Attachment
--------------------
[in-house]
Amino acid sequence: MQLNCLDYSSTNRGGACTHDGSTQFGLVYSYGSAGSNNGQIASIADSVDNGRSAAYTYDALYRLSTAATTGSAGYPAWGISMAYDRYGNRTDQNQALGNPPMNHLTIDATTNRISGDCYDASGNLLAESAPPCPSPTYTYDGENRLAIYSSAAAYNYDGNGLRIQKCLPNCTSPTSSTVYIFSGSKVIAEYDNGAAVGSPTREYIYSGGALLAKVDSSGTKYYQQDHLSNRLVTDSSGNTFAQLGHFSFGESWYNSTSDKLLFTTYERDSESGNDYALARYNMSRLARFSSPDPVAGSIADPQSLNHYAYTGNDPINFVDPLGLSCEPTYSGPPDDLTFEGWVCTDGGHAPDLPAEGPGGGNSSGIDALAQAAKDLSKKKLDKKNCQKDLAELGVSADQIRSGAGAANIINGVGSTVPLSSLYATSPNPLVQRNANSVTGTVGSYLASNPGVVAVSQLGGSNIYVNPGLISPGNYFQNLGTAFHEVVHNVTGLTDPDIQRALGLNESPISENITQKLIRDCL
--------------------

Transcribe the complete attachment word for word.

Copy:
[in-house]
Amino acid sequence: MQLNCLDYSSTNRGGACTHDGSTQFGLVYSYGSAGSNNGQIASIADSVDNGRSAAYTYDALYRLSTAATTGSAGYPAWGISMAYDRYGNRTDQNQALGNPPMNHLTIDATTNRISGDCYDASGNLLAESAPPCPSPTYTYDGENRLAIYSSAAAYNYDGNGLRIQKCLPNCTSPTSSTVYIFSGSKVIAEYDNGAAVGSPTREYIYSGGALLAKVDSSGTKYYQQDHLSNRLVTDSSGNTFAQLGHFSFGESWYNSTSDKLLFTTYERDSESGNDYALARYNMSRLARFSSPDPVAGSIADPQSLNHYAYTGNDPINFVDPLGLSCEPTYSGPPDDLTFEGWVCTDGGHAPDLPAEGPGGGNSSGIDALAQAAKDLSKKKLDKKNCQKDLAELGVSADQIRSGAGAANIINGVGSTVPLSSLYATSPNPLVQRNANSVTGTVGSYLASNPGVVAVSQLGGSNIYVNPGLISPGNYFQNLGTAFHEVVHNVTGLTDPDIQRALGLNESPISENITQKLIRDCL